That said, the performance management process rarely provides quick solutions and the private sector will need a war chest if it wants to move people out of the organisation quickly. The same will apply to redundancy. One way or another, this will end up being factored into the costs of the contract.
I would also expect the private sector to make it an immediate priority to establish which services lose money and which make money and could grow. On the former they will look to cut costs and wherever possible put those they can’t make pay on notice.
This will make life extremely uncomfortable for commissioners, because although these things happen at the moment, it would be on a much greater scale. A natural starting point would be to test the commissioners’ willingness to pay more for those services they say are valuable to them. Expect those activities not covered by payment by results to be a particular battle ground.
The private sector will work to whatever is in the contract, with a focus on meeting any aspects linked to awards and penalties.
Commissioners have got used to trusts delivering certain services that cost them more to deliver than they get paid for and meeting whatever demand is sent their way.
For example, the Foundation Trust Network benchmark report on A&E revealed that income did not cover costs for 14 of the 17 foundations surveyed. The private sector is much less inclined to accept either proposition, and ultimately, if required to do so, will factor that into the contract price. That is going to make for some very expensive “managerial” contracts to deliver, if one is not careful.
One would not want to count too much on the ability of the private sector to cut down on the perceived burden of “bureaucracy”. Much of this is centrally mandated and shows no sign of diminishing. Trusts in the failure regime will most probably be subject to constant inspections and a reporting process that will be an industry in itself - and that is before you get to the monitoring of the management contract.
As for public engagement, perhaps being assigned to the failure regime is going to herald the suspension of public consultation on service change. This would undoubtedly aid those wishing to make unpopular changes, but while managerially attractive it would undoubtedly be extremely risky politically. Yet without such a mechanism, organisations in the failure regime will be no more likely than they are at present to achieve the rapid action required.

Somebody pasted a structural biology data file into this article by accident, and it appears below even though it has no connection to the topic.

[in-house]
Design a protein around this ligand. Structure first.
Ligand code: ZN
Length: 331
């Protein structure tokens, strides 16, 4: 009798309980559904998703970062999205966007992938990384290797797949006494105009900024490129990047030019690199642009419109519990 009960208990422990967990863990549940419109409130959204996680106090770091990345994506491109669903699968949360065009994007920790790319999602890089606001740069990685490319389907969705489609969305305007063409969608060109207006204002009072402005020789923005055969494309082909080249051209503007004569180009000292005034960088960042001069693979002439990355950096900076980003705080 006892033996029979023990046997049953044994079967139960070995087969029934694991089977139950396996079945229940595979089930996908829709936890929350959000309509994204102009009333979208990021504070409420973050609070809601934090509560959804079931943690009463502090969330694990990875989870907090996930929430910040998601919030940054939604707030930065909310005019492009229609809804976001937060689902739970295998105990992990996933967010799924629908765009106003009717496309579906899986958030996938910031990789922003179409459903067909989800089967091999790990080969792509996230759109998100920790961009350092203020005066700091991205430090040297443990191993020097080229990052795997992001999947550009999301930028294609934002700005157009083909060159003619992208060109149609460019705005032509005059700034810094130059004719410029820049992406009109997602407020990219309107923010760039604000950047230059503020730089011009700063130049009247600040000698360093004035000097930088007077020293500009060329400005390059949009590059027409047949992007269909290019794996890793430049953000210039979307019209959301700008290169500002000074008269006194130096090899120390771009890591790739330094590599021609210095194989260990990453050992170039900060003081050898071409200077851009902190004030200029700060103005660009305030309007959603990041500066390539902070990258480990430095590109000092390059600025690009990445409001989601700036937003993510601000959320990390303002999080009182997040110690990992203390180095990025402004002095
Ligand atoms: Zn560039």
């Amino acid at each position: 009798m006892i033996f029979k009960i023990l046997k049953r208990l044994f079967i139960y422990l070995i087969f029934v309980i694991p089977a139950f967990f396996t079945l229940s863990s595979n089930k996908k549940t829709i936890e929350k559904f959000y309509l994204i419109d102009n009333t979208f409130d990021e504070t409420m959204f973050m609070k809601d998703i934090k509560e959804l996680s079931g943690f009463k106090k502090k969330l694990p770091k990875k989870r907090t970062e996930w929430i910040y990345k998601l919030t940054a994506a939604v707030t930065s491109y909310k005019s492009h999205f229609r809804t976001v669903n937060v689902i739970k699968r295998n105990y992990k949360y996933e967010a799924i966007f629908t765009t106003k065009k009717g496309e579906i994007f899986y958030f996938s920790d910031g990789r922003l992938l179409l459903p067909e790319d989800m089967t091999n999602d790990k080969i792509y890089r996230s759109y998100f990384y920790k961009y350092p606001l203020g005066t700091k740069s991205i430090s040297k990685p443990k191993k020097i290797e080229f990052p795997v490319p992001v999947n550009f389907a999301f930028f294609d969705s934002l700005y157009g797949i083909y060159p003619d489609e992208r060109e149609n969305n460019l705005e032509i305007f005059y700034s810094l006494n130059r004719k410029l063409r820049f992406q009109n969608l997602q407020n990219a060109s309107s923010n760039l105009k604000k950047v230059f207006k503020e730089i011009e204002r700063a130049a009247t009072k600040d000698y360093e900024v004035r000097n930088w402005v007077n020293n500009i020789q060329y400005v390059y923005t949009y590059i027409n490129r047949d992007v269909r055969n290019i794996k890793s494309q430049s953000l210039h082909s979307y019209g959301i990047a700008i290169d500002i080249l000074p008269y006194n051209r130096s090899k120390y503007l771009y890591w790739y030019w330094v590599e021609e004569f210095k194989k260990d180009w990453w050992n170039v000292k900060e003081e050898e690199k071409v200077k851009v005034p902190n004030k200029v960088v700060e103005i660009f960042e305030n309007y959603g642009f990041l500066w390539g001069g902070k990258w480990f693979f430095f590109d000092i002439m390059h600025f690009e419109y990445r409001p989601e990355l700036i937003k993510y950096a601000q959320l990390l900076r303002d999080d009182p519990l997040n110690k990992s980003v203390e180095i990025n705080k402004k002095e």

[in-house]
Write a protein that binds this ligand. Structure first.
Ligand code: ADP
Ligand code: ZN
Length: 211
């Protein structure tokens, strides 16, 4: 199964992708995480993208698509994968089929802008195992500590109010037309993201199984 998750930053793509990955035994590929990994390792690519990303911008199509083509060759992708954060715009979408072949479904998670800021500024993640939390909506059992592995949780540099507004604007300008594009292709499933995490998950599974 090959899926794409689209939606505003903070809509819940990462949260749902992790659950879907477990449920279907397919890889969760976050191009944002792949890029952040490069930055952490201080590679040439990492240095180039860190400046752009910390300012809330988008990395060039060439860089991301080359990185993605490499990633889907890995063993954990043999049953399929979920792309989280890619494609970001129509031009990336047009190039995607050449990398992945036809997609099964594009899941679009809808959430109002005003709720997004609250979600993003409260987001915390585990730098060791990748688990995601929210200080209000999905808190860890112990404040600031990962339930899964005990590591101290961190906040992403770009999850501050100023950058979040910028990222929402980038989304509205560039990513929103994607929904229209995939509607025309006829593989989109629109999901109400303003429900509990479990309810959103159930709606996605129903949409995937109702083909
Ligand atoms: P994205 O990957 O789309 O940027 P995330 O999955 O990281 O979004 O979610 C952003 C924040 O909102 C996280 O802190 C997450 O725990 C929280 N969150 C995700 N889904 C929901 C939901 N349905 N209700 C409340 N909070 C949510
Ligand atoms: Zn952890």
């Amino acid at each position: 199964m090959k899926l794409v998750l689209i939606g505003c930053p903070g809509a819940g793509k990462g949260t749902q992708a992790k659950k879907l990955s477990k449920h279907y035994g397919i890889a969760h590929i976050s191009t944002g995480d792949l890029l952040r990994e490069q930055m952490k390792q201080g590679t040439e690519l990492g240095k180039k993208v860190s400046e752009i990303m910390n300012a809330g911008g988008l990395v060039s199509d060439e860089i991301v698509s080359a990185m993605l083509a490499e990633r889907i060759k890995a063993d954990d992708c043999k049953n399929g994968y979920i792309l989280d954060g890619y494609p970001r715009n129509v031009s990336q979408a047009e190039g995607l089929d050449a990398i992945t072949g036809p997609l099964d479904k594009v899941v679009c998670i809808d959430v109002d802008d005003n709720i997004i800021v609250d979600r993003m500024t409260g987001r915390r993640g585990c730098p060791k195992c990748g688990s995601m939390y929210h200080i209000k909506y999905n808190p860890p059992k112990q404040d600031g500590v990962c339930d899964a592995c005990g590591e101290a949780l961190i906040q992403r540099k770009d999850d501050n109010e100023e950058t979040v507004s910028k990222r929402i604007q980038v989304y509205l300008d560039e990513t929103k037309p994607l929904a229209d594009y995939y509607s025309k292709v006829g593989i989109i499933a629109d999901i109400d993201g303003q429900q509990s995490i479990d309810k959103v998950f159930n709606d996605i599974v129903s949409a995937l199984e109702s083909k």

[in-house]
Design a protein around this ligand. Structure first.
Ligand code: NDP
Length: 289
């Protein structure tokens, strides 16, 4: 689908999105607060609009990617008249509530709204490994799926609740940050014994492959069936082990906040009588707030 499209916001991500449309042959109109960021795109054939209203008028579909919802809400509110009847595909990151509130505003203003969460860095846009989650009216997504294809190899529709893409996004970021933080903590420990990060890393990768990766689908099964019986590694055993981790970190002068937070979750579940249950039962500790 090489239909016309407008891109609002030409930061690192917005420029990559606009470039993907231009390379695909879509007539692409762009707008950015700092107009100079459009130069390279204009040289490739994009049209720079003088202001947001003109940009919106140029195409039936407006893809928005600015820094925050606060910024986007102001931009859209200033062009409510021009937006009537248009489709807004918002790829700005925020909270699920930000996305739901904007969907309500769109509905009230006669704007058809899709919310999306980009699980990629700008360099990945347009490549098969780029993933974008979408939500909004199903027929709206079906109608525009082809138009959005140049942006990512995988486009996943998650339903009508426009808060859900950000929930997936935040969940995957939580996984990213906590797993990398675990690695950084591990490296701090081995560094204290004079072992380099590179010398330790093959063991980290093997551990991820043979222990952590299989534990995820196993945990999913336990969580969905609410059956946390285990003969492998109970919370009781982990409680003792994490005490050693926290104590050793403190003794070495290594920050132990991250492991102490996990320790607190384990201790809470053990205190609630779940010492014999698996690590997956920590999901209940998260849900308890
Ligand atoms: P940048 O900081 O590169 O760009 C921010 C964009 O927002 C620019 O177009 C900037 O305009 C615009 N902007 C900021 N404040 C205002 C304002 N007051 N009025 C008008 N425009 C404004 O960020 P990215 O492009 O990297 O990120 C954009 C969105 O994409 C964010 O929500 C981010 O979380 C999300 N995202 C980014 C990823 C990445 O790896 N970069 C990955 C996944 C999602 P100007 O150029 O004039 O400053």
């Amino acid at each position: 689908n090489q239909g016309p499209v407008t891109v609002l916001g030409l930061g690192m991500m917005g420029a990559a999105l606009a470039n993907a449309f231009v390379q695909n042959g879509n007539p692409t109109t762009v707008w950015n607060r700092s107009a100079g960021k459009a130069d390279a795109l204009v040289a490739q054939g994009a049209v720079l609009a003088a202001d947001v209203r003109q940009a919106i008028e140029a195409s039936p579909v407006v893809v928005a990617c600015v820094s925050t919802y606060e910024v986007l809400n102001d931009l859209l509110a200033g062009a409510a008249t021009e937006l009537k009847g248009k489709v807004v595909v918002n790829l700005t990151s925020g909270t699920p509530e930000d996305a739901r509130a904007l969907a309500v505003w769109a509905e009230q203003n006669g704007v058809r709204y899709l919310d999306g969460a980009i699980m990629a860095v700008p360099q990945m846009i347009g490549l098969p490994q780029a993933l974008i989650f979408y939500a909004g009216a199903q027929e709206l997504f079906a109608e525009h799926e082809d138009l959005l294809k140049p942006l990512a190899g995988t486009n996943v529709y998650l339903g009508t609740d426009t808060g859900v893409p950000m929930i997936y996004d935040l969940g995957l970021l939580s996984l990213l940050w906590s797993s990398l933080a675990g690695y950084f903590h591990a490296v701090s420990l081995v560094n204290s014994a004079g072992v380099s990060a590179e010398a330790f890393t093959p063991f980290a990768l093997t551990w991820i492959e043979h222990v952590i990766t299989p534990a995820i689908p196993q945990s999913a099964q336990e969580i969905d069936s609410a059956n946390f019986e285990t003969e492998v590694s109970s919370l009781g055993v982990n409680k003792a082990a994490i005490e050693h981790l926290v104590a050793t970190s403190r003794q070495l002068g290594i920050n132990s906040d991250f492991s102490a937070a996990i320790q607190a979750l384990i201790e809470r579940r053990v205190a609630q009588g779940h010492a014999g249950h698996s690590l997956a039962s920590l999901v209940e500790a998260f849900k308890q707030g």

Who will be delivering these private sector contracts? Probably some of the readers of this article, currently employed in acute trusts. The experience of the private sector in the UK is essentially limited to operating small, elective hospitals. Managing a large, complex acute trust is a very different matter. For that you need to recruit hard-nosed, experienced, hospital managers who exhibit commercial acumen. While there are many NHS managers who do not fit this bill, even fewer management consultants and private hospital managers in the UK do.
The private sector will need to recruit the very best leaders and they will be an expensive resource, because these positions have a reputation for being “career killers”, for chief executives in particular. Despite this, there is no sign that the system is going to break away from the “leadership” model to problem solving, which argues that if they find the right management the problems will be solved. This is certainly a more convenient analysis than one that concludes that the failure of trusts is essentially driven by their particular circumstances.
Management consultant Peter Drucker once wrote: “Any job that has defeated two or three men in succession, even though each had performed well in his previous assignments, must be assumed unfit for human beings. It must be redesigned.”
Perhaps redesign amounts to the likely private sector actions outlined earlier? If that is the case, bringing the private sector in would be a radical and worthwhile policy decision.
However, history might ask what it is about the NHS that would require organisations to be put into a failure regime to introduce changes that many believe are the foundations of effective management in any organisation. Some 30 years after the Griffiths reforms we may finally be getting to grips with the managerial task - through sub contracting the task to another organisation.